Here are a few basic steps to follow in dealing with whatever shop you choose—

  • If possible, discuss the job directly with the repairperson so that he or she knows what level of quality you expect and you know what level of quality the shop promises to deliver.
  • Discuss the pros and cons of different materials. Higher-quality leather or rubber might more than double the life of the shoes compared to lower grades and not cost much more. But a lower grade may be sufficient, depending on how long you want the shoes to last.
  • If you want anything other than basic resoling or re-heeling, put it in writing. This gives the shop a memory refresher when it gets around to the job. If the shop sends work out, this is the best way to communicate your desires to the person who actually performs the work.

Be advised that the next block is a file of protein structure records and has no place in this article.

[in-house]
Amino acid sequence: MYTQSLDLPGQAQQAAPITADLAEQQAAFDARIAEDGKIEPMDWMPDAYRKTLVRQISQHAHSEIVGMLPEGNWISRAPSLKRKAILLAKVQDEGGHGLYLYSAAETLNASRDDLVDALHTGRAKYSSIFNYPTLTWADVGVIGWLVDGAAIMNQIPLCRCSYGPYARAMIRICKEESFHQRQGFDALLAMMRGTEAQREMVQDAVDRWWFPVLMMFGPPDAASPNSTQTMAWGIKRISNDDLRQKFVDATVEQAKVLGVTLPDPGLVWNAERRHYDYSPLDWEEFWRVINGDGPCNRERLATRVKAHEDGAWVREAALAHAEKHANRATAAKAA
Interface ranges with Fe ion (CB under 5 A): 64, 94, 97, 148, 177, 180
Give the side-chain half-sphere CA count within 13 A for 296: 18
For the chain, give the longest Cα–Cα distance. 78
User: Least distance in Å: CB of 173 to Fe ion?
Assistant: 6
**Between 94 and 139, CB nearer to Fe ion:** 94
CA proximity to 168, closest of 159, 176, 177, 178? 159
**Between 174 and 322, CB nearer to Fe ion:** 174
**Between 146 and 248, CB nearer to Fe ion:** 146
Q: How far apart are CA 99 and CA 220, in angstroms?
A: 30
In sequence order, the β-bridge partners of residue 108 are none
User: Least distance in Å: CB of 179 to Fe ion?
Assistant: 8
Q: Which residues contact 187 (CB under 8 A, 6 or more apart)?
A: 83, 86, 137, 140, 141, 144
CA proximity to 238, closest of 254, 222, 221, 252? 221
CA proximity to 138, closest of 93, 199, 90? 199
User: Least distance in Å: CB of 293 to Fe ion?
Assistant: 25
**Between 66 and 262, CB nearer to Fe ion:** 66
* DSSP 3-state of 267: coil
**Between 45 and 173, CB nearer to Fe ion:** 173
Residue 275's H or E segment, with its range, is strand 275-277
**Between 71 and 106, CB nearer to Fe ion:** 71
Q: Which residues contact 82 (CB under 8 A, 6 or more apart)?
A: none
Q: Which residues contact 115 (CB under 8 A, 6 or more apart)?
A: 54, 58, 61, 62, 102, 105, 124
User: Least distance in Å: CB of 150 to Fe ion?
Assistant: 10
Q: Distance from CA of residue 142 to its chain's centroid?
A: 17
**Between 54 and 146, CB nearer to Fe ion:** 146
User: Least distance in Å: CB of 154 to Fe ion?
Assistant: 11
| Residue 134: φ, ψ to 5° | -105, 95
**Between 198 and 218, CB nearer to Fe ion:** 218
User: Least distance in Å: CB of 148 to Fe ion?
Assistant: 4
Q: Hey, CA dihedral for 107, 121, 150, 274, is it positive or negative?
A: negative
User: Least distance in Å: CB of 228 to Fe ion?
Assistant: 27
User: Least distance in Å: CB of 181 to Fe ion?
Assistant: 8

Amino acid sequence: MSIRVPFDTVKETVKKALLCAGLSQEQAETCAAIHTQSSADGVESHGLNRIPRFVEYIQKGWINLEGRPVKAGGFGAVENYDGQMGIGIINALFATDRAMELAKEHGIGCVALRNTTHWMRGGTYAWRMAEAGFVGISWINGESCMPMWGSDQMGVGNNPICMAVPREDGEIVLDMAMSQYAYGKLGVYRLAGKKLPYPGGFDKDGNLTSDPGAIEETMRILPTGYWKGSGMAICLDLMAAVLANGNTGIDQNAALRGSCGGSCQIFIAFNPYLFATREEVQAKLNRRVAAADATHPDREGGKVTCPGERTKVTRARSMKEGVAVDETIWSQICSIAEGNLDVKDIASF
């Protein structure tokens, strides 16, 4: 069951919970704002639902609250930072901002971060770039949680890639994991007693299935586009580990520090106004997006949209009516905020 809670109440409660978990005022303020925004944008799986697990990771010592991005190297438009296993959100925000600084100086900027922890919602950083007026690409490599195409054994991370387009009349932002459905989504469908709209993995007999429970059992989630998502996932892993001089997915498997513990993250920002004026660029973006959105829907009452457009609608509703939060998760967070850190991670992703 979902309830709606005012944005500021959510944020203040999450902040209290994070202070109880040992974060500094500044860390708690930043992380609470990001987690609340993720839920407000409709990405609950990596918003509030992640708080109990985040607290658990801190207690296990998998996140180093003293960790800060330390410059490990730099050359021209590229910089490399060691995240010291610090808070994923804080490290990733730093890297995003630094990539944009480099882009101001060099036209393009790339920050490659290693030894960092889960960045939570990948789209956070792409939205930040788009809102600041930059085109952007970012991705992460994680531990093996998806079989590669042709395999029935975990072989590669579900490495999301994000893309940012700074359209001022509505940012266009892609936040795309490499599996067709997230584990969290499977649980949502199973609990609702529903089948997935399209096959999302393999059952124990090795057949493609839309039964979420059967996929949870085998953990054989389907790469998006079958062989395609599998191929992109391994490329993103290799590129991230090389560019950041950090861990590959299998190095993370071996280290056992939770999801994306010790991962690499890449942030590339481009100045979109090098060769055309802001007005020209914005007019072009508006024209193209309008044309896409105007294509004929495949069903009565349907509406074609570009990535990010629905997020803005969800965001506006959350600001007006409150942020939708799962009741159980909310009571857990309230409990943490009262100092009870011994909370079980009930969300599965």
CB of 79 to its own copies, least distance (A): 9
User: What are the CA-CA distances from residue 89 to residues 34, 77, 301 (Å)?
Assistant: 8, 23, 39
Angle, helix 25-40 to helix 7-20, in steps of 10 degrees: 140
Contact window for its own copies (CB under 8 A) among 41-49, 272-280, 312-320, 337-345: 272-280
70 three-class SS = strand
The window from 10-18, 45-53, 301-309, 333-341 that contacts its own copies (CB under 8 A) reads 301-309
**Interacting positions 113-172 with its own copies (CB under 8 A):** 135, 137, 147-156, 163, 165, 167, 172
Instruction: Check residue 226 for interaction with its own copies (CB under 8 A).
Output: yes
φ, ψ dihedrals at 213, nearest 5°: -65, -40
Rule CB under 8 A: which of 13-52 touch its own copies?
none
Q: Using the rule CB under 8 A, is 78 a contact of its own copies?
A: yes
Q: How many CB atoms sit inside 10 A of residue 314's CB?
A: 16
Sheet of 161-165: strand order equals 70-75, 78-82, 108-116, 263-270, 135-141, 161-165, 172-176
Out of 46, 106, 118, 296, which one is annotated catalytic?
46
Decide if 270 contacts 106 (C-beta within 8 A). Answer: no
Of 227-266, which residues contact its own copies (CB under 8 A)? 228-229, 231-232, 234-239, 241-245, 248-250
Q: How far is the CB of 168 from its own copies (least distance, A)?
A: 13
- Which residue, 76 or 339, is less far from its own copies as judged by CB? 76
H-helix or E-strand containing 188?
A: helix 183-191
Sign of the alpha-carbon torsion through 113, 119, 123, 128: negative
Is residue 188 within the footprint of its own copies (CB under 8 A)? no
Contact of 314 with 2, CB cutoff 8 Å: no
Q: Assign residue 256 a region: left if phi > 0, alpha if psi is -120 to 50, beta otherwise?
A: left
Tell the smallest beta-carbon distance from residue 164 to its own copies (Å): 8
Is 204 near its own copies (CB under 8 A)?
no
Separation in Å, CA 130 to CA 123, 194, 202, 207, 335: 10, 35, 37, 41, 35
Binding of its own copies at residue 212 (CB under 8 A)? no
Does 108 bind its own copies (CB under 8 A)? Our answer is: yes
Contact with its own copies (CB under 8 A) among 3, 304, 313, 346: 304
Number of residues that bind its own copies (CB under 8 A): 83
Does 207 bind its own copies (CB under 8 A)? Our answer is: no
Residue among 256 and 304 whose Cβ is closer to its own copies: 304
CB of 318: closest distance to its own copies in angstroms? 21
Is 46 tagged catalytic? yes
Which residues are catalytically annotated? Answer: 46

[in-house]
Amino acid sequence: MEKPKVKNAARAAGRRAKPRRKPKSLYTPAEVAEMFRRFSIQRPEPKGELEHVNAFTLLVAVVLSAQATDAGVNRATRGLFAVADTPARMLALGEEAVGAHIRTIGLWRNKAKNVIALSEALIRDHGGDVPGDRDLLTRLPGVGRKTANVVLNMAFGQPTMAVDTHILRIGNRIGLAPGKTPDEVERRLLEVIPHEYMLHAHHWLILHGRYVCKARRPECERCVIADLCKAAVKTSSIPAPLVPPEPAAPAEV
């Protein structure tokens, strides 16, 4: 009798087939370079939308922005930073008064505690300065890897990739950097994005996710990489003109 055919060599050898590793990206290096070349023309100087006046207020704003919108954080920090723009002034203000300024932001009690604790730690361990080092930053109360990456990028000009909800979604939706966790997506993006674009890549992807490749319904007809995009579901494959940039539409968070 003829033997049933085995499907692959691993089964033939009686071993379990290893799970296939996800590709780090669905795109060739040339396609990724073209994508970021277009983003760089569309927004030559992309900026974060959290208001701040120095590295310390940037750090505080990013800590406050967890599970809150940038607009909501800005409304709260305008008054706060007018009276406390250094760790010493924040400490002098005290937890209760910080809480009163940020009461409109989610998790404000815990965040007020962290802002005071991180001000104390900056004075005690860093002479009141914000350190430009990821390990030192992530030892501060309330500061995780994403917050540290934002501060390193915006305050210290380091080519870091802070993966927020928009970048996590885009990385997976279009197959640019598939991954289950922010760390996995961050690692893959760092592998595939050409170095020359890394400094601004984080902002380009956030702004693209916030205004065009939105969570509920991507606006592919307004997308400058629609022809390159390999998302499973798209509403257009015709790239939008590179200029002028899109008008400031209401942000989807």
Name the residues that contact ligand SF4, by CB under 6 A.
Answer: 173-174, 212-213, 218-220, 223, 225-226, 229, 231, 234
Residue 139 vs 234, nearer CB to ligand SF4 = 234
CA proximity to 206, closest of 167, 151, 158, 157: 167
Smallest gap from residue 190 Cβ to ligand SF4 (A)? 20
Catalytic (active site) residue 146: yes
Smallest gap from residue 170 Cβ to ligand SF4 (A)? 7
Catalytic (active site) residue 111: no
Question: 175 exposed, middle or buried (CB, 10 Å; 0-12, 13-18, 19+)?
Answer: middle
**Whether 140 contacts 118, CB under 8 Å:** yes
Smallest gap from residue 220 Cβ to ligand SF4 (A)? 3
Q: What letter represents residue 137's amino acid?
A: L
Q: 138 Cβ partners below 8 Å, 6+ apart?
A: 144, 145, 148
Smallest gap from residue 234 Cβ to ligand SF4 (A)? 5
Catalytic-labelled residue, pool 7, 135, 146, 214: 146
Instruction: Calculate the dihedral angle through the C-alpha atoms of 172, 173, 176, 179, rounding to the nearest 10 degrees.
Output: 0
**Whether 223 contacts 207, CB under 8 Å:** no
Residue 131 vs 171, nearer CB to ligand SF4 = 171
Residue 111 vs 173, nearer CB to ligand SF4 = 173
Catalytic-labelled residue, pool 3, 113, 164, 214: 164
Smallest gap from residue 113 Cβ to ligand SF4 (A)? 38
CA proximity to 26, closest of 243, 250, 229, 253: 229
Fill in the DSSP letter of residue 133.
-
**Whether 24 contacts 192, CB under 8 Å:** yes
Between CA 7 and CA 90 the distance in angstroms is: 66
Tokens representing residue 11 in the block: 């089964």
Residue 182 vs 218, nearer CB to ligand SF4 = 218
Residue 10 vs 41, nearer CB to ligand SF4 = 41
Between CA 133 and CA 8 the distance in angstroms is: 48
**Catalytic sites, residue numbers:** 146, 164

• Get a repair ticket that designates the price in writing.
  • Check the shoes carefully when you get them back. If possible, try them on in the shop. If the quality is not what you expected, insist that the shop make the shoes right or refund your money.
  • Pay by credit card. The federal Fair Credit Billing Act and the policies of credit card issuers allow you to refuse payment for unsatisfactory work. Getting a refund of repair costs will be of little consolation if the shop loses your shoes or ruins them, but something is better than nothing.